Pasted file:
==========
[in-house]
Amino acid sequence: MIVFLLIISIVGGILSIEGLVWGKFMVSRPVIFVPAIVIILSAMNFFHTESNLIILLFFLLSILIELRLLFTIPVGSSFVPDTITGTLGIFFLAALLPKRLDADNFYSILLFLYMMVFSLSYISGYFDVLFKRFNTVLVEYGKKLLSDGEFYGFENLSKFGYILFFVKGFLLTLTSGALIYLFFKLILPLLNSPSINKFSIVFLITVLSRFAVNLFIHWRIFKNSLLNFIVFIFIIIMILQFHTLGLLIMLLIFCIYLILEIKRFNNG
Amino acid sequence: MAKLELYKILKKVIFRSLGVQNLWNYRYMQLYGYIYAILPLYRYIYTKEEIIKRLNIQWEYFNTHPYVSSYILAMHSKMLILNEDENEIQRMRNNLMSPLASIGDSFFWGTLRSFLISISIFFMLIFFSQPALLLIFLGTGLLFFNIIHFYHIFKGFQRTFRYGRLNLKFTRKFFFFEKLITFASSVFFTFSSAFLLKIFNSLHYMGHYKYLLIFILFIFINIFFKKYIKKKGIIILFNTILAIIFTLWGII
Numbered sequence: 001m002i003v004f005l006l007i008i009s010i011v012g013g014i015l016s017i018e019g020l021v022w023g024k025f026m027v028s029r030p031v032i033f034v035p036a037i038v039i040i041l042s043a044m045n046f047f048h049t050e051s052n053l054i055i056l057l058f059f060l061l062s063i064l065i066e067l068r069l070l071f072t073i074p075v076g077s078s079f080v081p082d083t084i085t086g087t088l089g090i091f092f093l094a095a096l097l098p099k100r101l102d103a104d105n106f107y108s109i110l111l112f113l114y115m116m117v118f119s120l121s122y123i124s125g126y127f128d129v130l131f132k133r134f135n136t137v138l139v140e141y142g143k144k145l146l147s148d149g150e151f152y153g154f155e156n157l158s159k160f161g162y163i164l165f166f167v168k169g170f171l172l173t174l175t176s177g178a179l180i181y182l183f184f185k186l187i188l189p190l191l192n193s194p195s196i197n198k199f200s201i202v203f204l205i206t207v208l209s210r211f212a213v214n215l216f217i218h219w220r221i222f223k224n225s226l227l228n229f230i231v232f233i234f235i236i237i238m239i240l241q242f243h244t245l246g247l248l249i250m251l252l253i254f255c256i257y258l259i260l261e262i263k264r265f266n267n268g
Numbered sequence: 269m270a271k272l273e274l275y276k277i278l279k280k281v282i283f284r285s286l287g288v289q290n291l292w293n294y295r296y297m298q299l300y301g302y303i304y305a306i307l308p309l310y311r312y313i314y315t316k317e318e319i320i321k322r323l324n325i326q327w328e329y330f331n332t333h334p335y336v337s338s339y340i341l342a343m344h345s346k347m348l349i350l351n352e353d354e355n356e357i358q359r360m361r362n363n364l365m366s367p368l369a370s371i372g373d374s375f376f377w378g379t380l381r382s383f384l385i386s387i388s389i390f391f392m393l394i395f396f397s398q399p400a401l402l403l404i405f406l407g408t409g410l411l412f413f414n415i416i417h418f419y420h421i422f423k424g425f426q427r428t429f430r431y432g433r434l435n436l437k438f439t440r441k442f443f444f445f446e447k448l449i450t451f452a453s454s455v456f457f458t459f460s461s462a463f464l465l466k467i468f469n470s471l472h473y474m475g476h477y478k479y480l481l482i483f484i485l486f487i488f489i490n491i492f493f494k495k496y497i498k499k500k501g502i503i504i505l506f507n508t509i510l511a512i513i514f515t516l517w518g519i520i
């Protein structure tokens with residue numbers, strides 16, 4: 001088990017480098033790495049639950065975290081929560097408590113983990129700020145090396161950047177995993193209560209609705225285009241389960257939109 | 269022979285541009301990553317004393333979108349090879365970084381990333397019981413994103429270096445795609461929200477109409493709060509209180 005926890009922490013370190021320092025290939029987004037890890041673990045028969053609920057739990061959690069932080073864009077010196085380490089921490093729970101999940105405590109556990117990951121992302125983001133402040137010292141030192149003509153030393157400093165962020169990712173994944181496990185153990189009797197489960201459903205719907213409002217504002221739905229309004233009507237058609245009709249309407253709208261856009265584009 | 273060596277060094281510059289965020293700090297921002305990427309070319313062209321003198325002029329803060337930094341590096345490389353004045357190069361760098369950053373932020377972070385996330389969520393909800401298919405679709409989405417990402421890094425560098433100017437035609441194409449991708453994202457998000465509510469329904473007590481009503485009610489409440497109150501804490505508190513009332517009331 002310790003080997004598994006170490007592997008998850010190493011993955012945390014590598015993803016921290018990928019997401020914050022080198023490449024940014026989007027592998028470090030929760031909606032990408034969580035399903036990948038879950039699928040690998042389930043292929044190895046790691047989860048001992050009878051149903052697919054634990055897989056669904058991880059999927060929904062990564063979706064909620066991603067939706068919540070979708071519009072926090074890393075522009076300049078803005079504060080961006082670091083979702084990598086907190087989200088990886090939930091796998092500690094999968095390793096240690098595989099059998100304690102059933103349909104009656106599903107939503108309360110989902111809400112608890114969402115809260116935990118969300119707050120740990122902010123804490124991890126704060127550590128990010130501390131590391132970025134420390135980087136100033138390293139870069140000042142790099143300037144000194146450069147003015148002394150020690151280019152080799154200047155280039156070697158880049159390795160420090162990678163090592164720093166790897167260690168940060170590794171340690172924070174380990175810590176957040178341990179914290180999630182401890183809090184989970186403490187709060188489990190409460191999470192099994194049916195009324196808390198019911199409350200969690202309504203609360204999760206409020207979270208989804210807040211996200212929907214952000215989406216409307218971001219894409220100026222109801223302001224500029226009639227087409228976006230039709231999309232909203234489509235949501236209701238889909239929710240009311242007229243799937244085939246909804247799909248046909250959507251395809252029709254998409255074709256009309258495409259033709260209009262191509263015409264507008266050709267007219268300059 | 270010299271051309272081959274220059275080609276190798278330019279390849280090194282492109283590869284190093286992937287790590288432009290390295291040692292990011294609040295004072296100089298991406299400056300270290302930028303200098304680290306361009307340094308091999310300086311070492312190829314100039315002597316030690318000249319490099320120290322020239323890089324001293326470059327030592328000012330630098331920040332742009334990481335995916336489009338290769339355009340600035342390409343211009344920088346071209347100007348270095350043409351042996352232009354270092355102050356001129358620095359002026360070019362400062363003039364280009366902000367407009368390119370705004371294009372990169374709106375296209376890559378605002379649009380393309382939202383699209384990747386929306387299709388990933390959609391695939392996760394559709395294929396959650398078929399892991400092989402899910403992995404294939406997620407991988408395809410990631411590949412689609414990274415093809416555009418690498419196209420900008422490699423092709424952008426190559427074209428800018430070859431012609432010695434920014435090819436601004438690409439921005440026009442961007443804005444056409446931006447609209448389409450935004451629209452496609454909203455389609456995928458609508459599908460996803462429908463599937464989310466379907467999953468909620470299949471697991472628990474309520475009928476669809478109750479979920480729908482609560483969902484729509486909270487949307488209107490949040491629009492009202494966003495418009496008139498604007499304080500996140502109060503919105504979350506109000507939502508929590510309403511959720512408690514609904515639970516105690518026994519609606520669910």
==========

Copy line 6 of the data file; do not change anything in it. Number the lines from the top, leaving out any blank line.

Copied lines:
């Protein structure tokens with residue numbers, strides 16, 4: 001088990017480098033790495049639950065975290081929560097408590113983990129700020145090396161950047177995993193209560209609705225285009241389960257939109 | 269022979285541009301990553317004393333979108349090879365970084381990333397019981413994103429270096445795609461929200477109409493709060509209180 005926890009922490013370190021320092025290939029987004037890890041673990045028969053609920057739990061959690069932080073864009077010196085380490089921490093729970101999940105405590109556990117990951121992302125983001133402040137010292141030192149003509153030393157400093165962020169990712173994944181496990185153990189009797197489960201459903205719907213409002217504002221739905229309004233009507237058609245009709249309407253709208261856009265584009 | 273060596277060094281510059289965020293700090297921002305990427309070319313062209321003198325002029329803060337930094341590096345490389353004045357190069361760098369950053373932020377972070385996330389969520393909800401298919405679709409989405417990402421890094425560098433100017437035609441194409449991708453994202457998000465509510469329904473007590481009503485009610489409440497109150501804490505508190513009332517009331 002310790003080997004598994006170490007592997008998850010190493011993955012945390014590598015993803016921290018990928019997401020914050022080198023490449024940014026989007027592998028470090030929760031909606032990408034969580035399903036990948038879950039699928040690998042389930043292929044190895046790691047989860048001992050009878051149903052697919054634990055897989056669904058991880059999927060929904062990564063979706064909620066991603067939706068919540070979708071519009072926090074890393075522009076300049078803005079504060080961006082670091083979702084990598086907190087989200088990886090939930091796998092500690094999968095390793096240690098595989099059998100304690102059933103349909104009656106599903107939503108309360110989902111809400112608890114969402115809260116935990118969300119707050120740990122902010123804490124991890126704060127550590128990010130501390131590391132970025134420390135980087136100033138390293139870069140000042142790099143300037144000194146450069147003015148002394150020690151280019152080799154200047155280039156070697158880049159390795160420090162990678163090592164720093166790897167260690168940060170590794171340690172924070174380990175810590176957040178341990179914290180999630182401890183809090184989970186403490187709060188489990190409460191999470192099994194049916195009324196808390198019911199409350200969690202309504203609360204999760206409020207979270208989804210807040211996200212929907214952000215989406216409307218971001219894409220100026222109801223302001224500029226009639227087409228976006230039709231999309232909203234489509235949501236209701238889909239929710240009311242007229243799937244085939246909804247799909248046909250959507251395809252029709254998409255074709256009309258495409259033709260209009262191509263015409264507008266050709267007219268300059 | 270010299271051309272081959274220059275080609276190798278330019279390849280090194282492109283590869284190093286992937287790590288432009290390295291040692292990011294609040295004072296100089298991406299400056300270290302930028303200098304680290306361009307340094308091999310300086311070492312190829314100039315002597316030690318000249319490099320120290322020239323890089324001293326470059327030592328000012330630098331920040332742009334990481335995916336489009338290769339355009340600035342390409343211009344920088346071209347100007348270095350043409351042996352232009354270092355102050356001129358620095359002026360070019362400062363003039364280009366902000367407009368390119370705004371294009372990169374709106375296209376890559378605002379649009380393309382939202383699209384990747386929306387299709388990933390959609391695939392996760394559709395294929396959650398078929399892991400092989402899910403992995404294939406997620407991988408395809410990631411590949412689609414990274415093809416555009418690498419196209420900008422490699423092709424952008426190559427074209428800018430070859431012609432010695434920014435090819436601004438690409439921005440026009442961007443804005444056409446931006447609209448389409450935004451629209452496609454909203455389609456995928458609508459599908460996803462429908463599937464989310466379907467999953468909620470299949471697991472628990474309520475009928476669809478109750479979920480729908482609560483969902484729509486909270487949307488209107490949040491629009492009202494966003495418009496008139498604007499304080500996140502109060503919105504979350506109000507939502508929590510309403511959720512408690514609904515639970516105690518026994519609606520669910």